Skip to main content

Thank you for visiting nature.com. You are using a browser version with limited support for CSS. To obtain the best experience, we recommend you use a more up to date browser (or turn off compatibility mode in Internet Explorer). In the meantime, to ensure continued support, we are displaying the site without styles and JavaScript.

Blood collection in the guinea pig (Cavia porcellus)

Abstract

Guinea pigs are useful animal models for the study of many human diseases including diabetes mellitus and infectious diseases. Often, these studies involve collecting blood samples of considerable volume. This column describes safe techniques for restraint and blood collection from the jugular vein and cranial vena cava from alert and anesthetized guinea pigs.

Access options

Rent or Buy article

Get time limited or full article access on ReadCube.

from$8.99

All prices are NET prices.

Figure 1: Restraint of a guinea pig for jugular vein blood collection.
Figure 2
Figure 3
Figure 4

References

  1. 1

    Padilla-Carlin, D., McMurray, D. & Hickey, A. The guinea pig as a model of infectious diseases. Comp. Med. 58, 324–340 (2008).

    CAS  PubMed  PubMed Central  Google Scholar 

  2. 2

    Clemons, D. & Terril-Robb, L. The Laboratory Guinea Pig (CRC Press, Boca Raton, FL, 1997).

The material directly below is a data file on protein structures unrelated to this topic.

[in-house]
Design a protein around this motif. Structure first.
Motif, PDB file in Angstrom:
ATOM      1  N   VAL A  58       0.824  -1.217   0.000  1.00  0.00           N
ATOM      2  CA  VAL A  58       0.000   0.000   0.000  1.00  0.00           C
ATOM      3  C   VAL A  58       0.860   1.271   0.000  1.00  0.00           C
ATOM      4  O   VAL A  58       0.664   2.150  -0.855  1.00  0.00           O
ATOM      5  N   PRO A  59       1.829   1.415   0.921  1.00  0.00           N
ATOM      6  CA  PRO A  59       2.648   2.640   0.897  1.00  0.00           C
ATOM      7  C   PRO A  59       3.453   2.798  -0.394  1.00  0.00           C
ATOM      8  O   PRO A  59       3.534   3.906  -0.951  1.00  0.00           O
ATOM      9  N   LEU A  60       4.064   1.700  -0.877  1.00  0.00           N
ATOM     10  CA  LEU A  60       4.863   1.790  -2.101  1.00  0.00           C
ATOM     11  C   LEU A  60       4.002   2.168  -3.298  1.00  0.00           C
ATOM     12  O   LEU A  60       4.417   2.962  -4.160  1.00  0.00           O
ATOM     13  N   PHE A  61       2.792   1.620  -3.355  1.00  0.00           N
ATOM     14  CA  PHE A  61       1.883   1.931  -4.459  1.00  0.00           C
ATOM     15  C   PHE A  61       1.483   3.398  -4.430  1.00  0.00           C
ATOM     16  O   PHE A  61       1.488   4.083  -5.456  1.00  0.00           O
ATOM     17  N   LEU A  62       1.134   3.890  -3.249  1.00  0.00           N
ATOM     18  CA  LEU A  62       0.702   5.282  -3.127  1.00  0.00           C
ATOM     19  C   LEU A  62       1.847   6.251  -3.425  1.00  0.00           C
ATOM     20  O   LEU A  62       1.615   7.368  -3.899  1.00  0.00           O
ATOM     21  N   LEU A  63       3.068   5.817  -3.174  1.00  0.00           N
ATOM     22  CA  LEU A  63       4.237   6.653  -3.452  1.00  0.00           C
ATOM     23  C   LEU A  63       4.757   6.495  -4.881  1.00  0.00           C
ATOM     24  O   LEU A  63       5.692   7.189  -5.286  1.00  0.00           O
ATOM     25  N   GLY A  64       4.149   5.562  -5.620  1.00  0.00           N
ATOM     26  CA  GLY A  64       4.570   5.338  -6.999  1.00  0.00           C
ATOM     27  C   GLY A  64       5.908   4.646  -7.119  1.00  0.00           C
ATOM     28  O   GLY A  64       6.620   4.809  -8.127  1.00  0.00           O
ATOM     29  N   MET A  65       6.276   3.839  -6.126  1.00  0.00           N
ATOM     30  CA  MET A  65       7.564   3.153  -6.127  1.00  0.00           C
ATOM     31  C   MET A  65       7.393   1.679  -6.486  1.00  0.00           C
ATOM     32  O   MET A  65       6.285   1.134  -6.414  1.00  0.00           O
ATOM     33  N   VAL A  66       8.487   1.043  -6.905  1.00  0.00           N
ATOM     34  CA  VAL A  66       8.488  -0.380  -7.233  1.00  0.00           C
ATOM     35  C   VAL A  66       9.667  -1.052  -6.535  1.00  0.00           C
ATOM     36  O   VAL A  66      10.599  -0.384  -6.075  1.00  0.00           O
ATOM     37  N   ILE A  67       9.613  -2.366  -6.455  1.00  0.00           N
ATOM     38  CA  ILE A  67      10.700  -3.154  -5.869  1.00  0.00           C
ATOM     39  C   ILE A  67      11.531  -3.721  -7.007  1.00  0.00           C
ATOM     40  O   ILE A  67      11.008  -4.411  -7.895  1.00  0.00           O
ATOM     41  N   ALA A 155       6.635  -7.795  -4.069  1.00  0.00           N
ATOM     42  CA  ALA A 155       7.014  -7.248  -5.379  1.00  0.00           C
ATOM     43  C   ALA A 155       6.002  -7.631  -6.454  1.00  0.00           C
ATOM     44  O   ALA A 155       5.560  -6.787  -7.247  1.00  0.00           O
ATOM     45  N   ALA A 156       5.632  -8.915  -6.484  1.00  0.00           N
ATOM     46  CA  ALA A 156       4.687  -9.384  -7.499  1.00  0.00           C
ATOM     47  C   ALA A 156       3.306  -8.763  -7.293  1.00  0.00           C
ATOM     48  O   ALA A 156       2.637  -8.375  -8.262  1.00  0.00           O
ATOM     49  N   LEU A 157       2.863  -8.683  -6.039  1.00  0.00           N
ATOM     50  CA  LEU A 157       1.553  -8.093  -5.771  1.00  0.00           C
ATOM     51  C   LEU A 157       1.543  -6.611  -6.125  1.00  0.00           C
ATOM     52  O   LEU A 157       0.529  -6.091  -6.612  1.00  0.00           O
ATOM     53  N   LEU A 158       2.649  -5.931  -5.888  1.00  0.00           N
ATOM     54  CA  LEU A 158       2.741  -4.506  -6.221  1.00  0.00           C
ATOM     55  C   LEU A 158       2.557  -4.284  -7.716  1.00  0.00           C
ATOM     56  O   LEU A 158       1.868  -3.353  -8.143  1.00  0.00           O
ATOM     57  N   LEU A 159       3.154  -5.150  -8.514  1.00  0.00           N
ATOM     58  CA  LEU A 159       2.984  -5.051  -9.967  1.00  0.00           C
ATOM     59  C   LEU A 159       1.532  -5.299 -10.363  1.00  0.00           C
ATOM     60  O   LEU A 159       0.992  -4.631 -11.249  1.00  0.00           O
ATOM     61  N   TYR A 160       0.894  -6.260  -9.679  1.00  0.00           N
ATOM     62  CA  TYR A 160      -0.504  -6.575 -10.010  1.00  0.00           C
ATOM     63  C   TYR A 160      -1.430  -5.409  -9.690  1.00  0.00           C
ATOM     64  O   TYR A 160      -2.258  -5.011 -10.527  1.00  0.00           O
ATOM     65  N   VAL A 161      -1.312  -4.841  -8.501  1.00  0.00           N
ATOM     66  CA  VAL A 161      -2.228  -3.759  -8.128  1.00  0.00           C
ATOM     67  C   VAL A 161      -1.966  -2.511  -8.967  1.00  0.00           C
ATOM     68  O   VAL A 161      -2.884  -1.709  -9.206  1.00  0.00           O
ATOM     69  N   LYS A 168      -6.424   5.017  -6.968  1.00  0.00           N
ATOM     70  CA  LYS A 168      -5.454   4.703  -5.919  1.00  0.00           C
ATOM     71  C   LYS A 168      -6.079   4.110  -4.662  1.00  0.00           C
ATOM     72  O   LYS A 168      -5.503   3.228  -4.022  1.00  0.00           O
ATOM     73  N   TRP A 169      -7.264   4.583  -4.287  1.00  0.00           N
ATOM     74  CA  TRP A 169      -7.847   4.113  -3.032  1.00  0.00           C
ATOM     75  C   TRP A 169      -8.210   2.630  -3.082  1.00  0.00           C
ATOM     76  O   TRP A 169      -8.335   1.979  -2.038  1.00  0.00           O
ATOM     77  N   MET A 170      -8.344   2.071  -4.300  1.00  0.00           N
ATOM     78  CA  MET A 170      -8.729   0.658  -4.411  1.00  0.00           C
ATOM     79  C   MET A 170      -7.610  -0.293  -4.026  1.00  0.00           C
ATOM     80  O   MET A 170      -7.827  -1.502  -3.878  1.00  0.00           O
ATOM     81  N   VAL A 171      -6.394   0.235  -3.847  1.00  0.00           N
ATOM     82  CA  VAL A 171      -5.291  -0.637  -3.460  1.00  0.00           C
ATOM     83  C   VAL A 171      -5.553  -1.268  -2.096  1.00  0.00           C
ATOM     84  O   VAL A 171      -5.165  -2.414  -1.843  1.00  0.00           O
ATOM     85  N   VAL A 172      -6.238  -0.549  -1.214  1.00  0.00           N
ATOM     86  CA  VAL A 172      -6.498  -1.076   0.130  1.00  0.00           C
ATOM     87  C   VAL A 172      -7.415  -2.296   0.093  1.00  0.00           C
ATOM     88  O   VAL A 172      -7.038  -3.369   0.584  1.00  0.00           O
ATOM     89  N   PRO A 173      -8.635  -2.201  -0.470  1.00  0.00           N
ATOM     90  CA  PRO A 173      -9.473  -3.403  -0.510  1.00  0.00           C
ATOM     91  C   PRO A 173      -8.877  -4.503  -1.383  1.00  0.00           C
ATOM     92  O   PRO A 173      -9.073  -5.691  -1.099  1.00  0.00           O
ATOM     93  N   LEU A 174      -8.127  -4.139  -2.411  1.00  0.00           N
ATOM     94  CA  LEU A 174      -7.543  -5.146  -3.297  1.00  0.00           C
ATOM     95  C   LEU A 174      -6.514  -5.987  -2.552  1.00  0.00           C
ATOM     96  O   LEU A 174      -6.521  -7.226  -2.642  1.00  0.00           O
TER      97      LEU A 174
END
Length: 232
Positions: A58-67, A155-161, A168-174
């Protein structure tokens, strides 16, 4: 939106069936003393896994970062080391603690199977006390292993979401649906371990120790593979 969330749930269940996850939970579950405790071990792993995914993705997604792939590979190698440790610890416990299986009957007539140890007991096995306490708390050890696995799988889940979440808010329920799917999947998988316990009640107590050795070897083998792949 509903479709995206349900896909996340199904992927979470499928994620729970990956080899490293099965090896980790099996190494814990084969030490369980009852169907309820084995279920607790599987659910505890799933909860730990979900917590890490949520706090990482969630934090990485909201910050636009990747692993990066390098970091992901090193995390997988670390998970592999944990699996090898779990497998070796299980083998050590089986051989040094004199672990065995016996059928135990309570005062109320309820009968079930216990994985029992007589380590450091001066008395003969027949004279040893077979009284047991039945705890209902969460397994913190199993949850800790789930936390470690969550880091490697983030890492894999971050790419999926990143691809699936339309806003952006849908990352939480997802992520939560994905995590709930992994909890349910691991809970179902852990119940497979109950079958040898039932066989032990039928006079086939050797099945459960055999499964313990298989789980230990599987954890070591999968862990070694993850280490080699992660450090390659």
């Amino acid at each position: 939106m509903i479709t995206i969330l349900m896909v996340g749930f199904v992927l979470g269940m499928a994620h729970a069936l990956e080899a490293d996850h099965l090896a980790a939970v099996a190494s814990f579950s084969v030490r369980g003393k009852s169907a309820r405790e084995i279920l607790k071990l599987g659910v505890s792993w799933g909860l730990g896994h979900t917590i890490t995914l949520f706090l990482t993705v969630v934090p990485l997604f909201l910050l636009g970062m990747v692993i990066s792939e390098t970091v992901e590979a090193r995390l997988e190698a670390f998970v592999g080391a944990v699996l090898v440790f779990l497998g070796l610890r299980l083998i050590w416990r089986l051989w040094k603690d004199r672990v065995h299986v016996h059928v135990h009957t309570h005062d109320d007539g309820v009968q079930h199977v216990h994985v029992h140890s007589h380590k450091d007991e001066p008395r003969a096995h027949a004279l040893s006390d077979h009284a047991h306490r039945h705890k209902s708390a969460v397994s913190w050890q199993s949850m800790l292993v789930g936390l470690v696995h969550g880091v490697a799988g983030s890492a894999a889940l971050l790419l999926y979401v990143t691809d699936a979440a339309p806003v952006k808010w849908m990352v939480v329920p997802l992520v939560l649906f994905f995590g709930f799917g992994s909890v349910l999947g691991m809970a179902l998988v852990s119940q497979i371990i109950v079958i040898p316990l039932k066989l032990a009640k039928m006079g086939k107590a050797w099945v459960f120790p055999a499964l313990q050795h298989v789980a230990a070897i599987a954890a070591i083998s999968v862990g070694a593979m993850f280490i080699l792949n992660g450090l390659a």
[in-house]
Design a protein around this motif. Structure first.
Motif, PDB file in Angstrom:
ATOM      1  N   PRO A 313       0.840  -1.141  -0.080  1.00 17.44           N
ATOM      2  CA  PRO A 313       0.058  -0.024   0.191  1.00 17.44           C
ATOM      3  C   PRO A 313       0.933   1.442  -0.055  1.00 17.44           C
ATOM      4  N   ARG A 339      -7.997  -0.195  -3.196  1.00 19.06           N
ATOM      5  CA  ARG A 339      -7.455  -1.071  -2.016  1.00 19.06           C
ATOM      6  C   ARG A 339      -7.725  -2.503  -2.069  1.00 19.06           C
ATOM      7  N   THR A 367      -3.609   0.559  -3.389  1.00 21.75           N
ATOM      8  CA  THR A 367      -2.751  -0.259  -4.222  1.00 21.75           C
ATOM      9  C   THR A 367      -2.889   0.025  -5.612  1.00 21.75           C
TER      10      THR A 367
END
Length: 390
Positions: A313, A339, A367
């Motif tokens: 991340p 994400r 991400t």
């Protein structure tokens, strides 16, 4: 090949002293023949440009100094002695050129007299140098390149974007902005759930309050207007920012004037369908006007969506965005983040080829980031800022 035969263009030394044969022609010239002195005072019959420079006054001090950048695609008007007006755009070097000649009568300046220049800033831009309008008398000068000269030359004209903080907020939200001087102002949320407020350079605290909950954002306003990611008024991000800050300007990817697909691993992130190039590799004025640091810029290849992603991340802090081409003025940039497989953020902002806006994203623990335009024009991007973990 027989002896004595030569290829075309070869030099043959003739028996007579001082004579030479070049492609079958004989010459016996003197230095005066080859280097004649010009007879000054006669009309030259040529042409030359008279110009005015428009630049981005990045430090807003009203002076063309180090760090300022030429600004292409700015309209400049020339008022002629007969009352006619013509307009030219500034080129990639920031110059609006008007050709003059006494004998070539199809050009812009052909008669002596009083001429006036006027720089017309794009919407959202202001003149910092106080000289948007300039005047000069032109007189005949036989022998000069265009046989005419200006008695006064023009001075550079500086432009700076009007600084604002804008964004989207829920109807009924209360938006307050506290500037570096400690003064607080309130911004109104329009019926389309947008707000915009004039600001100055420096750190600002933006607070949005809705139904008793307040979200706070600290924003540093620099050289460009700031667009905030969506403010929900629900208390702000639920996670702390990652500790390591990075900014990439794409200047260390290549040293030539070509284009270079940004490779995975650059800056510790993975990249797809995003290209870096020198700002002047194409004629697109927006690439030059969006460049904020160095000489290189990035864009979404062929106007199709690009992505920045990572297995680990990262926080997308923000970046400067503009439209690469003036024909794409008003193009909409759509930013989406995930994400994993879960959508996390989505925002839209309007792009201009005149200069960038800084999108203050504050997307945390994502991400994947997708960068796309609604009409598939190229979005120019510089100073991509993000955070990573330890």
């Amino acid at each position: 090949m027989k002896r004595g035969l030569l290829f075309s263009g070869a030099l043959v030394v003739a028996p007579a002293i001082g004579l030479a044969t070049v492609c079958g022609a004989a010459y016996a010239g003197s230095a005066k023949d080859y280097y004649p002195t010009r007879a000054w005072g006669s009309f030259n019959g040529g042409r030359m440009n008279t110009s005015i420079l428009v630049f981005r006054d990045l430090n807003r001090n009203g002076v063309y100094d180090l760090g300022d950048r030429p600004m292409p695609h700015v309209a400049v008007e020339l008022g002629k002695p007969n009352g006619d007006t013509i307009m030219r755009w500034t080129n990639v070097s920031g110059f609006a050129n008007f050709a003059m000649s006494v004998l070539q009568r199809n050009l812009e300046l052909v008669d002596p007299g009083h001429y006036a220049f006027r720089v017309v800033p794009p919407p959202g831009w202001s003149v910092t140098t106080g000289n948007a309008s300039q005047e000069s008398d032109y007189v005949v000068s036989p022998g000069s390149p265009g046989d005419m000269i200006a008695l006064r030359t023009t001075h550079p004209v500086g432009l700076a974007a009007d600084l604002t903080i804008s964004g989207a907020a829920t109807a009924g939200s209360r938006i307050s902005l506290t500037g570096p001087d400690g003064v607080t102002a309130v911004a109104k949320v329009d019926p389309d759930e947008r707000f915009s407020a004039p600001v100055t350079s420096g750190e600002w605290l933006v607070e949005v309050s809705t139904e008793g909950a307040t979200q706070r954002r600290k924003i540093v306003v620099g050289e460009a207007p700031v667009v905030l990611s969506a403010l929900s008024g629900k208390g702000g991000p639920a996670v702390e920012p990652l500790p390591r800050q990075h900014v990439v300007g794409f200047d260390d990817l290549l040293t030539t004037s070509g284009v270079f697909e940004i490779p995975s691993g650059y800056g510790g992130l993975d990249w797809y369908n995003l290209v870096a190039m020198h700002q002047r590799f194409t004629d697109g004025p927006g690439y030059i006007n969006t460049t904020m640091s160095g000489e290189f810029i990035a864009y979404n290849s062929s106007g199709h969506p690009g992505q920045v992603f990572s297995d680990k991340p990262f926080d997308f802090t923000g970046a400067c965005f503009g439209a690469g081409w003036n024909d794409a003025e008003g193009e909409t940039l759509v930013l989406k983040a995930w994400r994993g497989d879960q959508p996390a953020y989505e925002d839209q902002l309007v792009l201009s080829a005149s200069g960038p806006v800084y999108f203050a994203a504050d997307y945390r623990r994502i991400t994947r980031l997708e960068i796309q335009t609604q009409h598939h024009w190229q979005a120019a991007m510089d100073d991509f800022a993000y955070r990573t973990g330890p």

Google Scholar 

  3. 3

    Diehl, K. et al. A good practice guide to the administration of substances and removal of blood, including routes and volumes. J. Appl. Toxicol. 21, 15–23 (2001).

    CAS  Article  Google Scholar 

Download references

Author information

Affiliations

Authors

Corresponding author

Correspondence to Lon V. Kendall.

Rights and permissions

Reprints and Permissions

About this article

Verify currency and authenticity via CrossMark

Cite this article

Williams, W., Kendall, L. Blood collection in the guinea pig (Cavia porcellus). Lab Anim 44, 207–208 (2015). https://doi.org/10.1038/laban.787

Download citation

Further reading

Search

Quick links

Nature Briefing

Sign up for the Nature Briefing newsletter — what matters in science, free to your inbox daily.

Get the most important science stories of the day, free in your inbox. Sign up for Nature Briefing